The UK’s National Institute of Health and Clinical Excellence has agreed to an appeal of its decision in August to prohibit prescribing of a drug for advanced colorectal cancer –Merck KGaA’s Erbitux – under the National Health Service.
The cost-effectiveness watchdog said the appeal process had now kicked off, and should reach a conclusion in November. If the appeal is successful, patients will gain access to Erbitux on the NHS; but if the appeal fails, it will mean the end of the line for many patients, said a spokesperson for Merck.
The UK is the only country in Europe where patients with metastatic colorectal cancer do not have routine access to Erbitux, despite data suggesting that it can extend survival.
The NICE ruled against the use of Erbitux (cetuximab) for advanced bowel cancer on the grounds of cost effectiveness, claiming that it was not compatible with the best use of NHS resources. Cetuximab is already licensed for use in the UK and is widely available across Europe.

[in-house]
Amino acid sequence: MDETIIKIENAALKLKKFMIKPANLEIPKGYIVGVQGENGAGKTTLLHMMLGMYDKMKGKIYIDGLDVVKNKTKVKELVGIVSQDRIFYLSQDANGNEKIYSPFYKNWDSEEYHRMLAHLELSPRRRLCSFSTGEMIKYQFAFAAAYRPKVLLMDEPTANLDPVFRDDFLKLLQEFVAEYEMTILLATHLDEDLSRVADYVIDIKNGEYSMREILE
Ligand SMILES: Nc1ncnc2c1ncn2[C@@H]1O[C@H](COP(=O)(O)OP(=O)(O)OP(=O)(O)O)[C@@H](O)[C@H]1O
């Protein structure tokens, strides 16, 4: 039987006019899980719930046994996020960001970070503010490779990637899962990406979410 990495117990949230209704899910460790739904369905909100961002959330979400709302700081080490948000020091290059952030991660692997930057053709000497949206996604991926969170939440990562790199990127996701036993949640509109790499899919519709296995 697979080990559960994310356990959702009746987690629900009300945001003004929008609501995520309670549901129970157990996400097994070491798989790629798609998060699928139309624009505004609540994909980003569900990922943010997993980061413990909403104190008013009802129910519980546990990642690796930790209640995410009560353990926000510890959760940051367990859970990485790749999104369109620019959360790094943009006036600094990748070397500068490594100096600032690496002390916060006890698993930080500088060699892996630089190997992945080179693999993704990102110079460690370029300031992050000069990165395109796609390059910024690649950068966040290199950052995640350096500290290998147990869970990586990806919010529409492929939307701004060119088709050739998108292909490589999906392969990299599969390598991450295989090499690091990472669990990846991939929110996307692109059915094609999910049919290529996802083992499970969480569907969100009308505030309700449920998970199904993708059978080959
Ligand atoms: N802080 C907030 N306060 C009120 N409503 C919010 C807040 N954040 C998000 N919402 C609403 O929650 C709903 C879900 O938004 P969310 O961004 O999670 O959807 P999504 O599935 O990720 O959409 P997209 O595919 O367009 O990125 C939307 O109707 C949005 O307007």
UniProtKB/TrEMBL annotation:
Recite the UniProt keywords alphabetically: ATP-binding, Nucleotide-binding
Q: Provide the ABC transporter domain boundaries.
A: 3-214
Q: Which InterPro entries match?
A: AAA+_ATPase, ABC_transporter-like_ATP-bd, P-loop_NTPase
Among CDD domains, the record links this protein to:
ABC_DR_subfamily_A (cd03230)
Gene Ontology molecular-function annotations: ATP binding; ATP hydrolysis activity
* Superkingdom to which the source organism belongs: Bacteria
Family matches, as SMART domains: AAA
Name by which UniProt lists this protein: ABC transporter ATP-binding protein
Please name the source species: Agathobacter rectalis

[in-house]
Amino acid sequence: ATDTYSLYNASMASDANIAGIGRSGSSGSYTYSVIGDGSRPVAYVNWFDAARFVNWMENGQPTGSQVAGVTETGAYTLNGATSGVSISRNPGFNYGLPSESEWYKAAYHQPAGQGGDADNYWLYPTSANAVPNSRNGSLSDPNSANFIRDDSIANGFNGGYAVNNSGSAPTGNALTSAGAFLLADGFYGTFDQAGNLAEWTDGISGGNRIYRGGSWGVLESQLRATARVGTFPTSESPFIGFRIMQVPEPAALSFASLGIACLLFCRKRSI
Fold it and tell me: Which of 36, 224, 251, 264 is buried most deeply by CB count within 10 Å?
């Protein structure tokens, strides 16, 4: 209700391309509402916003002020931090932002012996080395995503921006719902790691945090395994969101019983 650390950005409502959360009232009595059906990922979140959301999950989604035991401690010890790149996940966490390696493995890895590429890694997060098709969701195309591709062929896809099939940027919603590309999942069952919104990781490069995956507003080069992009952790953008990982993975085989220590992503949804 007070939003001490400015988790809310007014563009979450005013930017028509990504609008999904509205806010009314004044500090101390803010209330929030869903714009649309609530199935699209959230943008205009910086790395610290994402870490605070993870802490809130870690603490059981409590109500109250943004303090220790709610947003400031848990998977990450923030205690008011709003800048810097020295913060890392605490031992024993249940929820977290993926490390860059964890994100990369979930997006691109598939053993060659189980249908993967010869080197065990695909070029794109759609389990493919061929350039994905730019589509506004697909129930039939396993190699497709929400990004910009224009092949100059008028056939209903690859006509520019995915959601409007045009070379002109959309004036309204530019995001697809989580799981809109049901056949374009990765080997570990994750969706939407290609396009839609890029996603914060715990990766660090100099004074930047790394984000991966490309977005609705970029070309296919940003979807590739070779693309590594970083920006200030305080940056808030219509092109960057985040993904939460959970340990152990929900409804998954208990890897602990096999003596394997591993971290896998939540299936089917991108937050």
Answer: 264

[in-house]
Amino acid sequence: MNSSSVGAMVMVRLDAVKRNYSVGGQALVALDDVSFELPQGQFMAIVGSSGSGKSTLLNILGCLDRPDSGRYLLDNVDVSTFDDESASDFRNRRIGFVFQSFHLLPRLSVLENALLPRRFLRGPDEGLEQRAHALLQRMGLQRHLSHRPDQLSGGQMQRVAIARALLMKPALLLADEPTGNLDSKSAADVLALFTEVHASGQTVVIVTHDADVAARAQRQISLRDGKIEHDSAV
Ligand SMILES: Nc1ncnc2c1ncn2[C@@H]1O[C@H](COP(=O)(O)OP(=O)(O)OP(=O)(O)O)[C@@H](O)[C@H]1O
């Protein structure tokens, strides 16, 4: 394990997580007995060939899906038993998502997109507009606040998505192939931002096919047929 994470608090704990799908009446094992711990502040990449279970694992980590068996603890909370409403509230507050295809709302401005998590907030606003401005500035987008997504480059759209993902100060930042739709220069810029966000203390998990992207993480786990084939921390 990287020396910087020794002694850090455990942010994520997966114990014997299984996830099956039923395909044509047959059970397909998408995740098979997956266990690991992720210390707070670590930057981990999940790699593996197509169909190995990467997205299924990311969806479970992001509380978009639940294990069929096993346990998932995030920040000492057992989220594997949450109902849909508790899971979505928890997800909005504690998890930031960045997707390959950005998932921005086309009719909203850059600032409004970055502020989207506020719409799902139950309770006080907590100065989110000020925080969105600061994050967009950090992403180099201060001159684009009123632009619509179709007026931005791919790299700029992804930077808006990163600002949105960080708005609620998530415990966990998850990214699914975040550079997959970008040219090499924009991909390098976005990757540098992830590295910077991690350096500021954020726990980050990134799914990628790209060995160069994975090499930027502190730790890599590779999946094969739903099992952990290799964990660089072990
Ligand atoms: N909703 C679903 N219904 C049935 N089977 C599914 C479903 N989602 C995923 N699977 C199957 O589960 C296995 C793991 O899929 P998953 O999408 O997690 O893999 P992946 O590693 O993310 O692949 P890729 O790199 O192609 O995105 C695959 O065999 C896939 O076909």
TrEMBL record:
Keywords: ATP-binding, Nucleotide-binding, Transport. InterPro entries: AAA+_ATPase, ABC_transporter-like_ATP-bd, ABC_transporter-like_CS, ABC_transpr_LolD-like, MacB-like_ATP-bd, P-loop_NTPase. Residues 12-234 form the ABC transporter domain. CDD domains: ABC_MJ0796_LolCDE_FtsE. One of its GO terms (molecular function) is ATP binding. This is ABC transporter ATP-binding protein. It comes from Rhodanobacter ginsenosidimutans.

Merck Pharmaceuticals UK said in a statement that it had appealed against the decision on the grounds that “the institute has prepared guidance which is perverse in the light of the evidence submitted.”
Patient groups and oncologists welcomed the decision to look again at the evidence, although there is no guarantee that the NICE’s stance will be relaxed. Earlier this week an appeal seeking to broaden the availability of drugs to treat Alzheimer’s disease failed spectacularly after the agency ruled once again they should only be used in patients with moderate disease.
Under the appeals process, the NICE will appoint five members to the Appeal Panel with no prior involvement in the appraisal of cetuximab.